The Houseboat

RIBA Journal - On the crest of a wave

Wendy Perring on The House Boat by Mole Architects for Roger Zogolovitch:

Finding the Houseboat is no easy task, but the journey is more than amply rewarded. Arriving at the site in Poole, Dorset, is the first moment of joy in a series of unfolding surprises. It sits in stark contrast with its suburban neighbours in Hamworthy, one of the town’s poorer suburbs, yet it feels appropriate. Reminiscent of Pegotty’s House Boat in the illustrations by Phiz for Dickens’ David Copperfield, the form is immediately recognisable, referencing an upturned boat hull perhaps accidentally cut loose from a mooring. While unusual, it suits its coastal position in an area with a strong boatbuilding heritage. 

The site is owned and has been developed by Roger Zogolovitch, architect and creative director of Solidspace, a collaborative award-wining London based developer delivering crafted projects on brownfield sites. The Houseboat however, is a particularly personal project. It is bedfellow to Zogolovitch’s own 1930s home and inverts its name: the Boat House which, fittingly, is no ordinary suburban box. It encapsulates a salvaged second class lounge from the SS Mauritania in a modernist house purpose built in 1936 by a Mr Cullen, a businessman and keen sailor. 

Cambridge-based Mole Architects was commissioned by Solidspace in 2010 and encouraged to investigate the developer’s trademark exploration of space and section. The brief advocated the use of texture and the allure of sea walls, suggesting that the house should evoke ‘the pleasure of beach combing: picking up sea glass, shells and driftwood’. From the outset, both client and architect were concerned with seeing how the building could be rooted in the place.

Meredith Bowles, Mole’s founder, says of his first visit to Zogolovitch’s home: ‘I loved the way the Boat House offered multiple surprises and the way it connected to the sea.’ The first surprise comes as you enter the whitewashed cube at first floor level which, containing the bedrooms, gives the feel of a cabin on a luxury superyacht. Light floods down through a rectangular gallery, pierced by a grand circular staircase. Descending to the living spaces, the building opens to the ocean. It was these qualities that Bowles sought to emulate in the new building. As a result, the Boat House and the Houseboat are engaged in constant inverse dialogue. 

Standing outside the Houseboat your senses are arrested by the rough textured concrete walls which invite touch and ­provide an immediate sense of solidity. Intriguingly light in colour due to the high GGBS content, the local aggregate and finish impart a sense of a battered sea defence, or a shingle beach captured within a wall. The textured timber shell soars above, inviting you to enter the metaphoric hold of the ship and climb up into the trees.


On this relatively narrow site the plan maximises the built volume. Although its complex single curvature in plan and section is a nod to traditional boat building, the analogy is not overdone but skilfully interpreted. The two curved sections are held apart by the concrete circulation core, which wraps upwards in this rectangular void space. As at the Boat House, light spills from above, illuminating the textured surface of the concrete stair and walls which define the space.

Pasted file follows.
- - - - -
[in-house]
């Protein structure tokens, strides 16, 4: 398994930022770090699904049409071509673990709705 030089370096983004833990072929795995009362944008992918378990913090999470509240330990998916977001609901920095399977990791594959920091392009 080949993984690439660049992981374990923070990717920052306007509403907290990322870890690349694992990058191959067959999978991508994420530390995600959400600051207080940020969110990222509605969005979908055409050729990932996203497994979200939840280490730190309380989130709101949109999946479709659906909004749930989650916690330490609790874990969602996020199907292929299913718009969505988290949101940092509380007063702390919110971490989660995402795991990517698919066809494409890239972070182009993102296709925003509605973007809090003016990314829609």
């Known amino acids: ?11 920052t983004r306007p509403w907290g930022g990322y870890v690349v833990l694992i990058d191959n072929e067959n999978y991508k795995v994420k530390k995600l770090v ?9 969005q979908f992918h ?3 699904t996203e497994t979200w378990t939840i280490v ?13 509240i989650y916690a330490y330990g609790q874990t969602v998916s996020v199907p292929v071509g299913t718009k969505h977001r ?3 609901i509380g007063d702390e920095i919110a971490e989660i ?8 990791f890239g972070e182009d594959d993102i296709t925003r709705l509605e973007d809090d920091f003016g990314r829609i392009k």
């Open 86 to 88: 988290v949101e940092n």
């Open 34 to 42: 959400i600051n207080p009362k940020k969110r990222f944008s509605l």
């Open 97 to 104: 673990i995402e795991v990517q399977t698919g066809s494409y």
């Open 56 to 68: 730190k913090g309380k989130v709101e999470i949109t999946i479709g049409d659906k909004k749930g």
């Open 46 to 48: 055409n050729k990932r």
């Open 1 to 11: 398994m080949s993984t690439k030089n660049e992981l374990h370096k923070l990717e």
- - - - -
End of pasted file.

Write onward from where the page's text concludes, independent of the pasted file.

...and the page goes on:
Solidspace typology separates the functions of eat, live, work, yet creates a connection in the home through the manipulation of void space. In the Houseboat, similar devices are on display. In an inverted arrangement to the Boat House, cabin-like bedrooms are at ground level, functional and enveloped in textural surfaces. Building elements which are handled feel crafted with special touches throughout. Curved external bedroom walls are accentuated internally through a series of vertical plywood lathes fixed back to neoprene. This clever device, reminiscent of the caulking in boat decking, helps to absorb sound, complementing the calm interior while dealing with the difficulties of walls curving in two directions.

Anchoring the house is a concrete base that turns into the staircase, fireplace and structural core. It provides a counterpoint to an otherwise timber framed building where rigorous detailing is celebrated. Primary timber ribs tell the structural story of the hulls, splaying in a fan shape to provide the framework for the geometries. In keeping with shipbuilding tradition, these are formed from Douglas fir. The west facing glazed wall was constructed locally and frames the changing view of treetops, sky and sea beyond. Saint Gobain Four Seasons Glass reduces solar gain while the exposed thermal mass of the core further mediates diurnal temperature fluctuations.

The obvious display of craft and consideration of every detail is evidence that the making of this house has been an act of patronage, collaboration and dedication. A crucial protagonist was executive architect Rebecca Granger, who Bowles describes as a ‘champion’, ensuring that the ‘intent was achieved’. 

Traditional procurement was avoided and great value achieved from a construction management approach. Granger was employed to source and manage individual trades, including the interior fit-out, which was completed by a trusted London firm. While this procurement approach is not for the faint hearted or time-constrained client, it can lead to a quality and crafted result.

The Houseboat is a home, rooted in local context and crafted with perfection and love. It has joy and soul and will only improve with the patina of age. It is a refuge with a prospect worthy of its recent success in the RIBA awards.